In parts 1-4 of the “Power of Progression” series, we covered standard progressions used in CrossFit certificate courses to teach complex movements like the push press and push jerk, sumo deadlift high pull, med-ball clean, and snatch. These are a few examples of progressions, and while we have found these particular examples effective, they are not the only possible progressions for these movements. There are also many other movements for which a progression may be an appropriate teaching tool. Thinking about and attempting to create your own progressions is a great way to develop a better understanding of a given movement while also providing your athletes with new learning tools.
When developing your own progressions, keep in mind you are attempting to navigate between two extremes — having too few steps in the progression will require athletes to take in too much information at once and prove difficult for them to follow successfully. Too many steps, on the other hand, will unnecessarily slow the process and possibly overwhelm the athlete with unnecessary information. Therefore, it is critical that each step of the progression has a clearly defined outcome. For example, in the push press progression, the initial step of the dip and hold is focused almost exclusively on the vertical dip position. Both the trainer and athlete should be acutely aware of this before moving on to the next step. If there are steps included that do not tie to a clearly identified point of performance, the piece may not be critical. Generally, four to five smaller skills culminating in the full movement is about right.
While complex movements are obvious choices when creating movement progressions, the ultimate goal is to accelerate the learning process of any movement. A good progression allows the full skill to be developed more quickly, which in turn allows for more quality full repetitions and creates a positive feedback loop.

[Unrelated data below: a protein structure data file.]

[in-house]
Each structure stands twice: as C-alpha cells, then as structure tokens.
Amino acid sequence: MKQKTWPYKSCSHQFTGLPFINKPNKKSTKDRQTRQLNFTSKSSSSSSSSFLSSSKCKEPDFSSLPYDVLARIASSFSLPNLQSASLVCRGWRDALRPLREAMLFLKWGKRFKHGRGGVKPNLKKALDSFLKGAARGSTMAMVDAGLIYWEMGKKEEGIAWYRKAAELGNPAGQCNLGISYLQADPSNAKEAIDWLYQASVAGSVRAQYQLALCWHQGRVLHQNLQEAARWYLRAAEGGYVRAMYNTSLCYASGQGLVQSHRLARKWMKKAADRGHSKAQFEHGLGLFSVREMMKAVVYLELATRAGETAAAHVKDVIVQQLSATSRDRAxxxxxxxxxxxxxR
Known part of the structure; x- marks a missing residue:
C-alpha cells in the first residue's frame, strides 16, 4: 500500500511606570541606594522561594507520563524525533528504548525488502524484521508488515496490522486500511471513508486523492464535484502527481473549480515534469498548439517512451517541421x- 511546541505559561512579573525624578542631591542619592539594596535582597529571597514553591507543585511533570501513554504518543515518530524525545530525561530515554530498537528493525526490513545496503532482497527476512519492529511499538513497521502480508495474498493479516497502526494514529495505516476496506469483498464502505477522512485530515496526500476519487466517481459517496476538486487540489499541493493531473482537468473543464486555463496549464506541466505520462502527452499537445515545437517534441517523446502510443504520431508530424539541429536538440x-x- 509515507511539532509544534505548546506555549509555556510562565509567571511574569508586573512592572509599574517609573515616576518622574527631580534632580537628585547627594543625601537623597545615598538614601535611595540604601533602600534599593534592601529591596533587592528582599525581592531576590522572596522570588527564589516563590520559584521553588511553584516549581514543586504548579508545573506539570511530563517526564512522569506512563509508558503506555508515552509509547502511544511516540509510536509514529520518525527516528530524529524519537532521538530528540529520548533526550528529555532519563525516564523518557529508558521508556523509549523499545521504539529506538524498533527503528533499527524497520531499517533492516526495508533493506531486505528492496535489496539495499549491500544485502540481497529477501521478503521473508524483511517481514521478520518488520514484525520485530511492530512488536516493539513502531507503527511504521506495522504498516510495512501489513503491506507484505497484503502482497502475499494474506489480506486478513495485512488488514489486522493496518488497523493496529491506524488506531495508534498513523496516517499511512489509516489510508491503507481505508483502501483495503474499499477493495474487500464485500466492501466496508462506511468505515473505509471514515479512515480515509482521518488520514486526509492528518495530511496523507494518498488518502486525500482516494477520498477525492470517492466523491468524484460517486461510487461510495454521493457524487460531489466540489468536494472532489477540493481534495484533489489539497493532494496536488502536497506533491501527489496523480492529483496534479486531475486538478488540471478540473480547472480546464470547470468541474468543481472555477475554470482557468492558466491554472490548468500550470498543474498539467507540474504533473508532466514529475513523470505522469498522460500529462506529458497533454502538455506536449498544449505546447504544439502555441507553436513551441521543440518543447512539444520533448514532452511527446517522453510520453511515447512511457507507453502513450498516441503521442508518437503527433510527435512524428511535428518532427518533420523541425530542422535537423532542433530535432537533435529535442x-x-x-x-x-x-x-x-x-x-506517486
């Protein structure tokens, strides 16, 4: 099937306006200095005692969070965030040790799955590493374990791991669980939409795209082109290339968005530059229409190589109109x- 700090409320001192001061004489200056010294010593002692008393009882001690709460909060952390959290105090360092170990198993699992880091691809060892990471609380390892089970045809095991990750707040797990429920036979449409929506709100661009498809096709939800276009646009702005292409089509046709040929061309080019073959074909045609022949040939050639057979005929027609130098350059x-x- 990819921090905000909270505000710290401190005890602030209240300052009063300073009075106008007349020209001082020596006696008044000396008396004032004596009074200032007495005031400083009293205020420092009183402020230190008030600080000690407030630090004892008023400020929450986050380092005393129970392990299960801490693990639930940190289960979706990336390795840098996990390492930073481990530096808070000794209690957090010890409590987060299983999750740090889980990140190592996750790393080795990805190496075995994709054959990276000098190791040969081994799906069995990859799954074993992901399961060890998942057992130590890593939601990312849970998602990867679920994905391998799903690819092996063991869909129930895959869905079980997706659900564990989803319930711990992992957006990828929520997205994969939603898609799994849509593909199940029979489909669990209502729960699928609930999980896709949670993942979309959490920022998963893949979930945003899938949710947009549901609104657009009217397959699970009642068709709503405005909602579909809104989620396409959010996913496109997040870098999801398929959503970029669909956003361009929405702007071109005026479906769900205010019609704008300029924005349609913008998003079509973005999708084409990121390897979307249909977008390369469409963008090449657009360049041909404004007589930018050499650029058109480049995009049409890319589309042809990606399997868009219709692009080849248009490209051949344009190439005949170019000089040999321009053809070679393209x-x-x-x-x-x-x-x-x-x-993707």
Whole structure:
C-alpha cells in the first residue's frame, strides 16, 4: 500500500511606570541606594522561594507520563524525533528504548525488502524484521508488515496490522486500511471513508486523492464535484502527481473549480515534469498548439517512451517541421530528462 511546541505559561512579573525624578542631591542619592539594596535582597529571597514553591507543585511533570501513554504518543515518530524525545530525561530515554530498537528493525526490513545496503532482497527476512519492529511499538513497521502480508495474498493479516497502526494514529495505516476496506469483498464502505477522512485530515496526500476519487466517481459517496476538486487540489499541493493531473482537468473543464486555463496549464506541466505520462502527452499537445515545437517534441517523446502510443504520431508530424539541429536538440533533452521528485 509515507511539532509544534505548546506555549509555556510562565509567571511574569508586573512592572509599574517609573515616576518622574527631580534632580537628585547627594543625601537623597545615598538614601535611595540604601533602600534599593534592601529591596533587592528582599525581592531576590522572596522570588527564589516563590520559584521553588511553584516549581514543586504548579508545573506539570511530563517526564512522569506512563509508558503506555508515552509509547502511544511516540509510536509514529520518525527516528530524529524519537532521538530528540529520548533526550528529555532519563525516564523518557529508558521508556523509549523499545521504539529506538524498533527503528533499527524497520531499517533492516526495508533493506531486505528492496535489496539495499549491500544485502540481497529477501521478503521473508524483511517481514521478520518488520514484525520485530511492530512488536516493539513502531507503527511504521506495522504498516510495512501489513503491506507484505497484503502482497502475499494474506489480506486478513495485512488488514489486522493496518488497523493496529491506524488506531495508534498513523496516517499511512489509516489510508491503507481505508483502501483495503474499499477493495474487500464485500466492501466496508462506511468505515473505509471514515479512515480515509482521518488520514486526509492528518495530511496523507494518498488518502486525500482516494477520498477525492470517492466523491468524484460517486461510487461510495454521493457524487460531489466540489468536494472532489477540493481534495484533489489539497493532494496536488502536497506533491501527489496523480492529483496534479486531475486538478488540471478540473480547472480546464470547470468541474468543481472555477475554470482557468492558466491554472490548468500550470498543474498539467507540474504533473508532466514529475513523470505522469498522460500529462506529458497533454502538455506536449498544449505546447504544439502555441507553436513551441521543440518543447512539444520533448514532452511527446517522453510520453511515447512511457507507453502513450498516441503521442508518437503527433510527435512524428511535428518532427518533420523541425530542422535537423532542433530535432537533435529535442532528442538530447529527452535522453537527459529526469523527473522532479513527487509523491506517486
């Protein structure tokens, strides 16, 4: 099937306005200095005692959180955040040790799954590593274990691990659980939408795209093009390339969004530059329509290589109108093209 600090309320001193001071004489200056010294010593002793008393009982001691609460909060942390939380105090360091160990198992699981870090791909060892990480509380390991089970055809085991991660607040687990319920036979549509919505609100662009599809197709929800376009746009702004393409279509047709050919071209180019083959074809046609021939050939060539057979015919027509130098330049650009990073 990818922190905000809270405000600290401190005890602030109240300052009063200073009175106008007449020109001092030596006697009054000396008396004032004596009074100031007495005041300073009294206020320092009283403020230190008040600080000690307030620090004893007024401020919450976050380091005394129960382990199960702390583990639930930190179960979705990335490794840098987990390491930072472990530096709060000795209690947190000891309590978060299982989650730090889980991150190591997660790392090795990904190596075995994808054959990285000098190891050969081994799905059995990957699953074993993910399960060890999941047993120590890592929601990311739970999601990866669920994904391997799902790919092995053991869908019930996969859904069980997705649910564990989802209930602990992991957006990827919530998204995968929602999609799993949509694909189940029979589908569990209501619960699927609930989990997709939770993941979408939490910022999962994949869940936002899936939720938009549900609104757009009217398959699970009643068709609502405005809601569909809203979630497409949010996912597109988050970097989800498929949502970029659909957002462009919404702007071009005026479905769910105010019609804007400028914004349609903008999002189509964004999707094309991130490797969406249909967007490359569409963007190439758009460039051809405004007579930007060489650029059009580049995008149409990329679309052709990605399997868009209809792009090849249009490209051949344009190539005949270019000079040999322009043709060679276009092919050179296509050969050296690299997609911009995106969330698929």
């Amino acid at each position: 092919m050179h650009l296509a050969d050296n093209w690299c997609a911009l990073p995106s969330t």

Simple movements can also benefit from a different form of progression that is similar to a road map. For example, the air squat may not require a multistep progression, but presenting the points of performance one at a time will allow the athlete to retain the information more fully. For the first few reps, the focus may be on keeping the chest tall and spine neutral. The next few reps may shift the focus to keeping the heels on the floor. The movement itself hasn’t changed, but the focal point has. The best trainers establish a clear navigational path through these points of performance for their athletes.
Once your game plan has been established, remember the progression is a means to an end. A clear path to the full movement is the goal. Watch out for the tendency to become trapped in an endless series of steps that never culminate in the full movement. On the other hand, rushing to the end state when obvious errors are not resolved will result in frustration for both the athlete and trainer. Over time, the best trainers develop a sense of when to push an athlete to the next step and when to remain in the same place and practice. This threshold will vary from athlete to athlete, movement to movement, and session to session. Strive to remain observant and allow honest, consistent assessment to be your guide.